In the recent years JSON affirmed as a very popular dataformat for representing massive data collections. JSON datacollections are usually schemaless. While this ensures sev-eral advantages, the absence of schema information has im-portant negative consequences: the correctness of complexqueries and programs cannot be statically checked, userscannot rely on schema information to quickly figure out thestructural properties that could speed up the formulation ofcorrect queries, and many schema-based optimizations arenot possible.In this paper we deal with the problem of inferring aschema from massive JSON datasets. We first identify aJSON type language which is simple and, at the same time,expressive enough to capture irregularities and to give com-plete structural information about input data. We thenpresent our main contribution, which is the design of a schemainference algorithm, its theoretical study, and its implemen-tation based on Spark, enabling reasonable schema infer-ence time for massive collections. Finally, we report aboutan experimental analysis showing the effectiveness of our ap-proach in terms of execution time, precision, and concisenessof inferred schemas, and scalability.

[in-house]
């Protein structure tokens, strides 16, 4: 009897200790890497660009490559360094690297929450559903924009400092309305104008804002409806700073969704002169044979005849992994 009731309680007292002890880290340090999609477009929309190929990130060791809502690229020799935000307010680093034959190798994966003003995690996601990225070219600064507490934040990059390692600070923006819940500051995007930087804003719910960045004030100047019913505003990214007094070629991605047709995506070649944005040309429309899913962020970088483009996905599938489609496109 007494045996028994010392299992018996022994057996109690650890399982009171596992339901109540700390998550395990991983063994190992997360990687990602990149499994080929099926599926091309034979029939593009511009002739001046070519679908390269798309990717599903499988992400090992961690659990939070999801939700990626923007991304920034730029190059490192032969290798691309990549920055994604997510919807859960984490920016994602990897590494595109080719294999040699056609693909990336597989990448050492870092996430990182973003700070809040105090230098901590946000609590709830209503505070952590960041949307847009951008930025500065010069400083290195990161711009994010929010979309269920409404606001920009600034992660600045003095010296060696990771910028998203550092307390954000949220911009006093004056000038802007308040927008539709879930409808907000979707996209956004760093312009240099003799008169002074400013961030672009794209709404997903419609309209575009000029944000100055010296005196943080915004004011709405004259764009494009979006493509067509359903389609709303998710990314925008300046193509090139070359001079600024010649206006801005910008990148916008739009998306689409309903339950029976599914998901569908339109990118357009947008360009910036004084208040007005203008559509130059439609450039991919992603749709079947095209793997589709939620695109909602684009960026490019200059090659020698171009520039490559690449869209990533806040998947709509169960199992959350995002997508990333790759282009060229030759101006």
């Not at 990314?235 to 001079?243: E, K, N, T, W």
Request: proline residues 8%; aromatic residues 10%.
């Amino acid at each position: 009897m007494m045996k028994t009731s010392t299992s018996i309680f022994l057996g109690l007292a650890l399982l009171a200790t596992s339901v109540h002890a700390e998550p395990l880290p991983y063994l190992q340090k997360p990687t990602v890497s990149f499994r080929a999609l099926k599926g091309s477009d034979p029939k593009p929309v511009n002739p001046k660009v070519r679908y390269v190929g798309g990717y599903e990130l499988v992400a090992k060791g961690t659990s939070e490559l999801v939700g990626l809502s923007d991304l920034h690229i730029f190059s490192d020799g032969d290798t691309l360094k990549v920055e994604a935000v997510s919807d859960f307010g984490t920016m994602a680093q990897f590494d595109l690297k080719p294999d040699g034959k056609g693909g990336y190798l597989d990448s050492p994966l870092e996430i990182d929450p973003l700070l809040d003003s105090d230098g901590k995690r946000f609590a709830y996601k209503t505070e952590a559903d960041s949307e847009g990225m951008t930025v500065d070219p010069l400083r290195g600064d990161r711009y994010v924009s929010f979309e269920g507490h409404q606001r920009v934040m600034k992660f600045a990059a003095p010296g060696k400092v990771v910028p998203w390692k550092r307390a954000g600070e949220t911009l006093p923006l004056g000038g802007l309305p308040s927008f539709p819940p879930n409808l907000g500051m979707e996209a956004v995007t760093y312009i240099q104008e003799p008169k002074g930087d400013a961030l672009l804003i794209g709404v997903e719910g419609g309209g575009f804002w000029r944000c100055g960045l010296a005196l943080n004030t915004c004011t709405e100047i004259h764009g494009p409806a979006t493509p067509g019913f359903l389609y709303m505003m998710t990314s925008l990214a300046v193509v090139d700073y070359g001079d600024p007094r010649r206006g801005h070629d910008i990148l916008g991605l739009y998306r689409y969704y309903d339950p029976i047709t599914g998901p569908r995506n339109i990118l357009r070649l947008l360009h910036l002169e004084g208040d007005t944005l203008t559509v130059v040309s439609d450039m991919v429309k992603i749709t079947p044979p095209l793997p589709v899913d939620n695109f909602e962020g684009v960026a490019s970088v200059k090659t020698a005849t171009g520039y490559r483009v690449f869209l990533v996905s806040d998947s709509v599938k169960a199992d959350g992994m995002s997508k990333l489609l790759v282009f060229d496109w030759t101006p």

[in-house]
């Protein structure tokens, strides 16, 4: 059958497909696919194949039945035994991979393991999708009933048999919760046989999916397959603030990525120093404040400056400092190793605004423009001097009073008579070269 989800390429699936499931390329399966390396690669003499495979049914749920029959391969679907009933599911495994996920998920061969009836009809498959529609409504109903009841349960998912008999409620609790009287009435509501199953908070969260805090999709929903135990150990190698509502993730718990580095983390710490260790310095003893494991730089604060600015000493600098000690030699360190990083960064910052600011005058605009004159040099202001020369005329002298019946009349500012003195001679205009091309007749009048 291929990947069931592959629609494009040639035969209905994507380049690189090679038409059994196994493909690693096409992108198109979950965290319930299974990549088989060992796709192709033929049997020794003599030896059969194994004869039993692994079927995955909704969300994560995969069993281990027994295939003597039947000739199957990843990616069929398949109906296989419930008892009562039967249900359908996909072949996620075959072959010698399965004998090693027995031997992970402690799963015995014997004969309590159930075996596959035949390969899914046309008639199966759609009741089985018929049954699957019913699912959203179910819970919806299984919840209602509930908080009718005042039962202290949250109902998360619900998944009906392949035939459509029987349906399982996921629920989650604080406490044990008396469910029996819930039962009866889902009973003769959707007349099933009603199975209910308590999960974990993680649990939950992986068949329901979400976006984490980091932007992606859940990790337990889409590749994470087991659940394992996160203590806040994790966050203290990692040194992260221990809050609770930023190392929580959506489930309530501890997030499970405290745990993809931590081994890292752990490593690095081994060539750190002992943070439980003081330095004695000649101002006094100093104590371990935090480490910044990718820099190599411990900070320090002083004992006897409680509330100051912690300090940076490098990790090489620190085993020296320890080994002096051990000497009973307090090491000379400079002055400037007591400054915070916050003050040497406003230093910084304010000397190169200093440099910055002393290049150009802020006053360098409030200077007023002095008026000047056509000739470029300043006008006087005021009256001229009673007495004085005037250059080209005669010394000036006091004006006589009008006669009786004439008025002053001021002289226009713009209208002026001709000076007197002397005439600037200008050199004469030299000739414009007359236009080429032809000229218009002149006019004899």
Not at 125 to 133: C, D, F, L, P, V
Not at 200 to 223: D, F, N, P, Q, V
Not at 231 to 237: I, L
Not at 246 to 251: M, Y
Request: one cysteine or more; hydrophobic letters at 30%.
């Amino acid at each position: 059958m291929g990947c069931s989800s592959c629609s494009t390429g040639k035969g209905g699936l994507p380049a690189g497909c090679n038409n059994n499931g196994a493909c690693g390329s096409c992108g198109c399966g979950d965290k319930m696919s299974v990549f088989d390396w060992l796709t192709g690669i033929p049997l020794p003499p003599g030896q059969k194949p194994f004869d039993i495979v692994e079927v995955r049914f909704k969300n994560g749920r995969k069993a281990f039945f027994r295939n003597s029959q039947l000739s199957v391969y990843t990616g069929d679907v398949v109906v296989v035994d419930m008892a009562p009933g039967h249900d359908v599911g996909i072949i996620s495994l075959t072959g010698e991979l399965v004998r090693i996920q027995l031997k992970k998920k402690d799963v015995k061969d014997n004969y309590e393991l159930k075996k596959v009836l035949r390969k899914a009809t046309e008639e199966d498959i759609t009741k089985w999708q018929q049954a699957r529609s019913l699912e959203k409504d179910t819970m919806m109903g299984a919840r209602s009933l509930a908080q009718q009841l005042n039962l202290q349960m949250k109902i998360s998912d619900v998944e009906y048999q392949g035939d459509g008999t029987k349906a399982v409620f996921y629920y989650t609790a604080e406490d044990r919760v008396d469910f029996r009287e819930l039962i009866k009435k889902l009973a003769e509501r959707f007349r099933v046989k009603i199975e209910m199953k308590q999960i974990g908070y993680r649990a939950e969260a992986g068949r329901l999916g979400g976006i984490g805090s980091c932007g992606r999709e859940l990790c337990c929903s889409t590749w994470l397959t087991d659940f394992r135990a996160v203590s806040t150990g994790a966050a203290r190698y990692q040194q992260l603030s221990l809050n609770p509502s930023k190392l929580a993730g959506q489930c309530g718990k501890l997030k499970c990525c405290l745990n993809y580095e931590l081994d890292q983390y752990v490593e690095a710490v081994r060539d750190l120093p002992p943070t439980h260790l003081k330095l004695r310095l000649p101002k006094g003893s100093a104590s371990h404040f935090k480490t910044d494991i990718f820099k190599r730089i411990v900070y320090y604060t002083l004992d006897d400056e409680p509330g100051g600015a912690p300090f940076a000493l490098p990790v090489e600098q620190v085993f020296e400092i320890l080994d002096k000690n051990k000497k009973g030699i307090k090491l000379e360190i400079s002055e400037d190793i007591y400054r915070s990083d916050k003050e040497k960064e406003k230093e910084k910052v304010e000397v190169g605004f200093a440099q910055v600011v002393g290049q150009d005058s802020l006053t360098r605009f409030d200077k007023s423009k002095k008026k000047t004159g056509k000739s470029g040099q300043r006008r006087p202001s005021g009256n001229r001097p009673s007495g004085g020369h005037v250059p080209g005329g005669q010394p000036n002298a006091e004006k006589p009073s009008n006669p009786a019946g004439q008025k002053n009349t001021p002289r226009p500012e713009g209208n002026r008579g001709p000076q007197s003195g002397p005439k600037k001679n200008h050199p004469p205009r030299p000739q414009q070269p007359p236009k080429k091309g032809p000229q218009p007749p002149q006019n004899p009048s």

R. Diestelkämper, M. Herschel, and P. Jadhav, “Provenance in DISC Systems: Reducing Space Overhead at Runtime,” in Proceedings of the USENIX Conference on Theory and Practice of Provenance (TAPP), 2017, pp. 1–13, [Online]. Available: https://dl.acm.org/doi/abs/10.5555/3183865.3183883.
Data intensive scalable computing (DISC) systems, such asApache Hadoop or Spark, allow to process large amountsof heterogenous data. For varying provenance applications,emerging provenance solutions for DISC systems track allsource data items through each processing step, imposing ahigh space and time overhead during program execution.We introduce a provenance collection approach that re-duces the space overhead at runtime by sampling the inputdata based on the definition of equivalence classes. A pre-liminary empirical evaluation shows that this approach al-lows to satisfy many use cases of provenance applications indebugging and data exploration, indicating that provenancecollection for a fraction of the input data items often suf-fices for selected provenance applications. When additionalprovenance is required, we further outline a method to col-lect provenance at query time, reusing, when possible, par-tial provenance already collected during program execution